The Talkin' Pictures

Movie Reviews and Podcasts.
Home of The Criterion Quest and You Haven't Seen That?! podcasts.

"Can't you just be a friendly neighbourhood Spider-Man?"

Following the events of Captain America: Civil War, Peter Parker (Tom Holland) is slowly honing his skills and abilities as Spider-Man. Wanting to be more than just a “friendly neighbourhood Spider-Man” and prove himself to Tony Stark (Robert Downey Jr.), Peter attempts to foil an underground arms dealer who is using alien technology to create super weapons.

Spider-Man is an interesting property, it’s been adapted into film 3 different times in the past 15 years culminating in 7 film appearances so far. However, the latest iteration of Spidey swinging onto the big screen is a rather unique one because for the first time Marvel Studios finally have the rights back to one of their most beloved characters. Depending on where you sit with the Marvel Cinematic Universe this could either be a good thing or a bad thing, but I'm sure we can all agree that it can’t be worse than Sony’s last efforts.

Marvel was extremely clever with the way they reintroduced the world to cinematic Spider-Man. The small, but memorable, appearance in Captain America: Civil War was enough of a tease of the style and attitude they were prepping us for, leaving most people wanting more. The resulting film, Spider-Man: Homecoming, delivers on everything that was promised from that small sneak peek and brings us the most accurate and endearing performance of Peter Parker yet. It’s just a bit of a shame the film itself turns out to be just another Marvel film.

The film does a wonderful job of introducing the audience to the world of Peter Parker, an awkward high schooler who is dealing with becoming a superhero. Thankfully the film doesn’t retell Peter’s origin story and instead throws us straight into his world post Civil War, creating an interesting narrative of a young man wanting to prove himself. Peter slowly develops throughout the film, growing confident in both himself and his abilities, learning that, for lack of a better term, with great power comes great responsibility. However, as the film rolls into it’s second act it becomes very clear that it really is just another Marvel film, reusing the same genre tropes that have been employed since the first Iron Man film. The beats are enjoyable enough although it would've been nice to see them try something different with this one. Having retained the rights to one of their most beloved characters, and one that finds themselves in a scenario totally unlike any other superhero (still being a high school student), Marvel could have taken a bigger risk story wise with the film and gone for something truly original. That being said, there are some nice twists and turns that come in the films third act that work to keep it fresh and we end up with a relatively fun and entertaining addition to the MCU.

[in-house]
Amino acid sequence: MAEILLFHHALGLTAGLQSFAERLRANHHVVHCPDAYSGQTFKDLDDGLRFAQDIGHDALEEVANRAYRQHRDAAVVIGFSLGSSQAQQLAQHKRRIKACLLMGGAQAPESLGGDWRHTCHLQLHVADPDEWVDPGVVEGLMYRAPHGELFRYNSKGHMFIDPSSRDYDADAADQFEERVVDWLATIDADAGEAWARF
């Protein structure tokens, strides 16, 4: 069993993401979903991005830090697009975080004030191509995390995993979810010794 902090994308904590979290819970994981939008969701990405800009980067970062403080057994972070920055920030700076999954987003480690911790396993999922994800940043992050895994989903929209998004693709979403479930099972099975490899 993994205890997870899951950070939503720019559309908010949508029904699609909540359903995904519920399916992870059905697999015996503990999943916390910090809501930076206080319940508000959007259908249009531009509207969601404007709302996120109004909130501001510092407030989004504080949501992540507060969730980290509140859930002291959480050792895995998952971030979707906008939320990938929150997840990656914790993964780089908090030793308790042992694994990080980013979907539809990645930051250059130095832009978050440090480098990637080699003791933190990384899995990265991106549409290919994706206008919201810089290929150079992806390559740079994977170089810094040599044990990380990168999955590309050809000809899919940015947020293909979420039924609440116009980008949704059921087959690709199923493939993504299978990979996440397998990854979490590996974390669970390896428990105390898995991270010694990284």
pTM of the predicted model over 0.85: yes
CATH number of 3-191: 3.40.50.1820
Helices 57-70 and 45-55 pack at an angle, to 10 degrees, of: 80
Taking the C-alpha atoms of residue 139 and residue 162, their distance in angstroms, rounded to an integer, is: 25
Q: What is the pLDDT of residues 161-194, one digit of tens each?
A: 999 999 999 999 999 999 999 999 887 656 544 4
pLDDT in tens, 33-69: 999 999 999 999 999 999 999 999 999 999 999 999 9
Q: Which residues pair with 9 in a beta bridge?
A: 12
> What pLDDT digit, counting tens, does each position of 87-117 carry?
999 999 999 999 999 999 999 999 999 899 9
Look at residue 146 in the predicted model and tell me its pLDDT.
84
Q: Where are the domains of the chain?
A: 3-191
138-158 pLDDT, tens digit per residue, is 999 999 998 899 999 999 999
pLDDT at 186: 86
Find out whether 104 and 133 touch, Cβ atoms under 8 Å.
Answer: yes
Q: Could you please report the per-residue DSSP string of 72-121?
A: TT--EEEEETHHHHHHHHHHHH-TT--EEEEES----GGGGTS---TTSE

Tom Holland is perfect as Peter Parker, truly embodying the gawky teenager that is the core of the character. He never worries about making a fool of himself in the role and in fact embraces it, helping add to the believability of the character and his age as well as adding some levity to the film. Michael Keaton seems to be having a great time as the villain in the film, playing a grounded, working-class man pushed into extraordinary circumstances and making the best of it. He makes his gruff demeanour seem natural and instinctive to the character rather than an affectation that comes with being a bad guy making his motivations and actions all the more convincing. The supporting cast all do a fine job with the little they have (it truly is Holland’s film) while Downey Jr and Favreau reprise their roles from previous MCU films, fitting back into them comfortably as if they were a well-worn pair of shoes.

Director Jon Watts (Cop Car) does a great job of managing the shifting tone of the film, flowing from the more serious action and drama to the light-hearted hijinks of high-school life. These lighter moments is where the film truly shines, embracing the age of its protagonist and effectively contrasting that with the danger he finds himself in with his superhero alter ego.

Spider-Man: Homecoming is far from revolutionary and, dare I say, probably not even the best Spider-Man adaptation to make it to the big screen (I still love Rami’s Spider-Man 2), but it is really fun. It’s a film with believable and well-rounded characters that elevates an otherwise average superhero film and creates some entertaining escapism that is sure to please fans of the genre.

6.5 out of 10.

Reviewed by Chris Swan